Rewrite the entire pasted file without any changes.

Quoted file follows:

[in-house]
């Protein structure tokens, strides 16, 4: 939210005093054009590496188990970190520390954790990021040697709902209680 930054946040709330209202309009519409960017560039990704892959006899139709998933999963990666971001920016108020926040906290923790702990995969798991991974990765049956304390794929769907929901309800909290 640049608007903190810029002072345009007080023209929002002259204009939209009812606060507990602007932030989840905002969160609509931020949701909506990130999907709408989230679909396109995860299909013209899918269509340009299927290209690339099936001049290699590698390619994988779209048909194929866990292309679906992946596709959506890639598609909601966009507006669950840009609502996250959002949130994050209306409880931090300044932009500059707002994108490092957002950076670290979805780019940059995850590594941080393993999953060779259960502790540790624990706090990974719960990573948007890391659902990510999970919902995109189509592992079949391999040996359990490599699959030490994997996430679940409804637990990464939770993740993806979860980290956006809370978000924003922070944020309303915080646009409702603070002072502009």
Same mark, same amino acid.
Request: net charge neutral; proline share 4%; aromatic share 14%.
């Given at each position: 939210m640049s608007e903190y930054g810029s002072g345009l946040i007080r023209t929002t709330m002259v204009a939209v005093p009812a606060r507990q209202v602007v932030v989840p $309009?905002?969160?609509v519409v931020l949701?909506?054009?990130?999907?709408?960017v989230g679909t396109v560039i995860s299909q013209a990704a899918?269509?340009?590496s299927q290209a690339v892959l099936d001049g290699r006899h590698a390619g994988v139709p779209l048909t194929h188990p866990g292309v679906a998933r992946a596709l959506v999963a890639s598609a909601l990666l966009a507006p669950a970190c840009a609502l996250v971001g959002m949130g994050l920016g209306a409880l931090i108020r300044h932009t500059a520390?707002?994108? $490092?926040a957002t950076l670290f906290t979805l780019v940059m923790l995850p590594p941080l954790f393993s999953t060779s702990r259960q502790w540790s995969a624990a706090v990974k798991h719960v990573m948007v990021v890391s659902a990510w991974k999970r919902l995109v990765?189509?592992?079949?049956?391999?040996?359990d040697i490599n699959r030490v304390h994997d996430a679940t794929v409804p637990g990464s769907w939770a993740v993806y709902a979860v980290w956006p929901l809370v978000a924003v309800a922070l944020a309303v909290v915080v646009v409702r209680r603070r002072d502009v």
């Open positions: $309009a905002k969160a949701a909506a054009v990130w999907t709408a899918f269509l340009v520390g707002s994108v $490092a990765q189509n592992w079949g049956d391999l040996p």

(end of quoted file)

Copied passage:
[in-house]
């Protein structure tokens, strides 16, 4: 939210005093054009590496188990970190520390954790990021040697709902209680 930054946040709330209202309009519409960017560039990704892959006899139709998933999963990666971001920016108020926040906290923790702990995969798991991974990765049956304390794929769907929901309800909290 640049608007903190810029002072345009007080023209929002002259204009939209009812606060507990602007932030989840905002969160609509931020949701909506990130999907709408989230679909396109995860299909013209899918269509340009299927290209690339099936001049290699590698390619994988779209048909194929866990292309679906992946596709959506890639598609909601966009507006669950840009609502996250959002949130994050209306409880931090300044932009500059707002994108490092957002950076670290979805780019940059995850590594941080393993999953060779259960502790540790624990706090990974719960990573948007890391659902990510999970919902995109189509592992079949391999040996359990490599699959030490994997996430679940409804637990990464939770993740993806979860980290956006809370978000924003922070944020309303915080646009409702603070002072502009």
Same mark, same amino acid.
Request: net charge neutral; proline share 4%; aromatic share 14%.
């Given at each position: 939210m640049s608007e903190y930054g810029s002072g345009l946040i007080r023209t929002t709330m002259v204009a939209v005093p009812a606060r507990q209202v602007v932030v989840p $309009?905002?969160?609509v519409v931020l949701?909506?054009?990130?999907?709408?960017v989230g679909t396109v560039i995860s299909q013209a990704a899918?269509?340009?590496s299927q290209a690339v892959l099936d001049g290699r006899h590698a390619g994988v139709p779209l048909t194929h188990p866990g292309v679906a998933r992946a596709l959506v999963a890639s598609a909601l990666l966009a507006p669950a970190c840009a609502l996250v971001g959002m949130g994050l920016g209306a409880l931090i108020r300044h932009t500059a520390?707002?994108? $490092?926040a957002t950076l670290f906290t979805l780019v940059m923790l995850p590594p941080l954790f393993s999953t060779s702990r259960q502790w540790s995969a624990a706090v990974k798991h719960v990573m948007v990021v890391s659902a990510w991974k999970r919902l995109v990765?189509?592992?079949?049956?391999?040996?359990d040697i490599n699959r030490v304390h994997d996430a679940t794929v409804p637990g990464s769907w939770a993740v993806y709902a979860v980290w956006p929901l809370v978000a924003v309800a922070l944020a309303v909290v915080v646009v409702r209680r603070r002072d502009v």
């Open positions: $309009a905002k969160a949701a909506a054009v990130w999907t709408a899918f269509l340009v520390g707002s994108v $490092a990765q189509n592992w079949g049956d391999l040996p």